Hunt Mortgage's 2nd CRE CLO will be more actively managed
Hunt Mortgage Group’s second offering of bonds backed by bridge loans on commercial property comes roughly a year after its debuted in the CRE CLO market.
Like the first deal, the $285 million HUNT 2018-FL2 is backed primarily by multifamily properties which account for 80.1% of the initial pool balance (up from 77.8% of the previous deal).
Also like its previous deal, HUNT 0218-FL2 will not be fully ramped at closing red at closing; the sponsor has an additional180 days to put $44.7 million of proceeds to work in additional loans, subject to certain criteria. Another $15 million of proceeds will be set aside to acquire companion “participations” in loans already held in the trust during the initial 36 months of the deal.
Hunt can also acquire whole loans and other participations during the reinvestment period using principal proceeds received on the collateral assets, provided such reinvestment assets satisfy the reinvestment and eligibility criteria.
These active management features have not been included in most of the deals completed over the past year, most of which were from first-time issuers. What’s more, the eligibility criteria for new loans in Hunt’s latest deal are “more liberal” than recent deals rated by Kroll. They are also more liberal than those of Hunt’s initial CRE CLO.
Furthermore, Hunt is allowing itself to repurchase defaulted and ”credit risk assets” throughout the life of the deal. It can also exchange defaulted or credit risk assets for assets owned by itself or its affiliates, provided the exchange asset satisfies the eligibility criteria. Unlike other transactions rated by Kroll, there is no cap on the aggregate amount of credit risk assets that can be exchanged or sold for cash to the collateral manager or its affiliates during the life of the transaction.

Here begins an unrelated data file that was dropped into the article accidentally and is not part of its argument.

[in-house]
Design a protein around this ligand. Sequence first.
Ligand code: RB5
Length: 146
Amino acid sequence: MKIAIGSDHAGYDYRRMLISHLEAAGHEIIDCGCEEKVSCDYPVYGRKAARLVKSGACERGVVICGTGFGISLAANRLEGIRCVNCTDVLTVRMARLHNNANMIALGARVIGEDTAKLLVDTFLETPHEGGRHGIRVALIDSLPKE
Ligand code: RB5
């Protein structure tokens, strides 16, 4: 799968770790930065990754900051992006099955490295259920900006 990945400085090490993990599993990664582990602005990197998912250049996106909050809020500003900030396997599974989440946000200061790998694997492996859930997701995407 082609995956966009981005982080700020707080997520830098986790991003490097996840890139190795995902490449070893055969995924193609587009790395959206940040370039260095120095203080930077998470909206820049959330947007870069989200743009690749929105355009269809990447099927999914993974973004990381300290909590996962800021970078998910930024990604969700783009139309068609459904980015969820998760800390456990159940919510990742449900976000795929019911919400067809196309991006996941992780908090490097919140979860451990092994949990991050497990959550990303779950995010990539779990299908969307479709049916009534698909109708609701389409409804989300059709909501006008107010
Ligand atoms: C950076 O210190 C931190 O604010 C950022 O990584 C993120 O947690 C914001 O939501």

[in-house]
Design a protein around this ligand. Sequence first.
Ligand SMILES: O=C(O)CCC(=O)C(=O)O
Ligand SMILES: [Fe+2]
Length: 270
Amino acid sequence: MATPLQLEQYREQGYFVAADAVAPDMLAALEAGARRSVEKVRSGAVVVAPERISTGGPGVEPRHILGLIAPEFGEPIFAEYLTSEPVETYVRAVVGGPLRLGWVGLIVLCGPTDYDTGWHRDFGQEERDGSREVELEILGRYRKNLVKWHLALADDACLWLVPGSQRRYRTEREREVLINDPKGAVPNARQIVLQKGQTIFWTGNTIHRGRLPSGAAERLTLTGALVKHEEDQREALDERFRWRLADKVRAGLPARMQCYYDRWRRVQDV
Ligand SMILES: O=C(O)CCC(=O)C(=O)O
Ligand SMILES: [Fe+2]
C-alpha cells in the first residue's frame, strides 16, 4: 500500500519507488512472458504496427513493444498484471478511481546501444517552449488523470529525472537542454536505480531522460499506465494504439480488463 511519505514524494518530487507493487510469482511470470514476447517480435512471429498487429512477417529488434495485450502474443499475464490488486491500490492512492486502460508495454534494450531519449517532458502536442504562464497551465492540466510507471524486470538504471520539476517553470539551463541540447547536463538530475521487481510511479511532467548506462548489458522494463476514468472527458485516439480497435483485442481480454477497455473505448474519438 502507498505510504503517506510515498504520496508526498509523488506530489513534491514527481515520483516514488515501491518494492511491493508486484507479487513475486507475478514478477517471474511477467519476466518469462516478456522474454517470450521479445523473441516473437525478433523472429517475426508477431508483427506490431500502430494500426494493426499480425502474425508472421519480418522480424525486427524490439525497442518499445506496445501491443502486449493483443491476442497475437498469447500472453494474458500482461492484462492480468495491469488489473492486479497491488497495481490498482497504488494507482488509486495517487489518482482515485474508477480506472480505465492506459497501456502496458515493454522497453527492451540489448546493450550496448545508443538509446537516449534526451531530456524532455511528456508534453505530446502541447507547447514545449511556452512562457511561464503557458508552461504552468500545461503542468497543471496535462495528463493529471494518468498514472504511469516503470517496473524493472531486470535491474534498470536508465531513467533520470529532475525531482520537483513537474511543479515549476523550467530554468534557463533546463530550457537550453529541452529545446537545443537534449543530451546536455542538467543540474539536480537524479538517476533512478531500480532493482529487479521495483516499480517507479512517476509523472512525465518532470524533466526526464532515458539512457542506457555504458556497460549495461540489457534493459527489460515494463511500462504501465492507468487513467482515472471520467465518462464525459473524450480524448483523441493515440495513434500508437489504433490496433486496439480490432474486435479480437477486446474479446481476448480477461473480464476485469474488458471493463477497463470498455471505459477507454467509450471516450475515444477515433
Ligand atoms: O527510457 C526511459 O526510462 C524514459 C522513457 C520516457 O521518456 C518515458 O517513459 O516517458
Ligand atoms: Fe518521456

Among other changes, Hunt has chosen a different lead placement agent for the deal, J.P. Morgan Securities instead of Wells Fargo Securities; and a different rating agency, Kroll Bond Rating Agency instead of DBRS.
The initial assets consist of 17 participations (82.4%) and three whole loans (17.6%), all of them originated by Hunt. All of the pari passu participations have a related unfunded companion participation that represents an unfunded future advance obligation under the related loan. The future advance obligations have an aggregate balance of $56.6 million as of the cutoff date and are held outside the trust by Hunt.
All of the multifamily properties that have recently undergone or are undergoing relatively “repositioning efforts” that involve either the use of loan proceeds to renovate and improve the asset in an effort to obtain higher rents (11 loans, 66%), improvements to property management/operations (one loan, 10%), or the stabilization of a recently completed student housing development (one loan, 4%).
Of the seven remaining properties (19.9%), three (14.4%) consist of office buildings with most recent occupancies ranging from 44.6% to 74.9%, which is well below their respective submarkets. “In each case, the [borrowers] are seeking to lease up the asset and obtain higher rents,” the presale report states.
The initial mortgage collateral is “highly leveraged.” According to Kroll, which puts the weighted average loan-to-value ratio at 132.5%. That’s above the average of 124.1% for of the 17 prior CRE CLOs it has rated over the past 12 months.
In its presale report, Kroll noted that Hunt’s initial transaction has yet to experience any delinquencies or losses, though this is because the sponsor identified “at least one credit risk asset” that it purchased out of the transaction at par, or face value.
Kroll expects to assign an AAA to two senior tranches of notes to be issued in the new deal; there are also five subordinate tranches with ratings ranging from AA- to B-.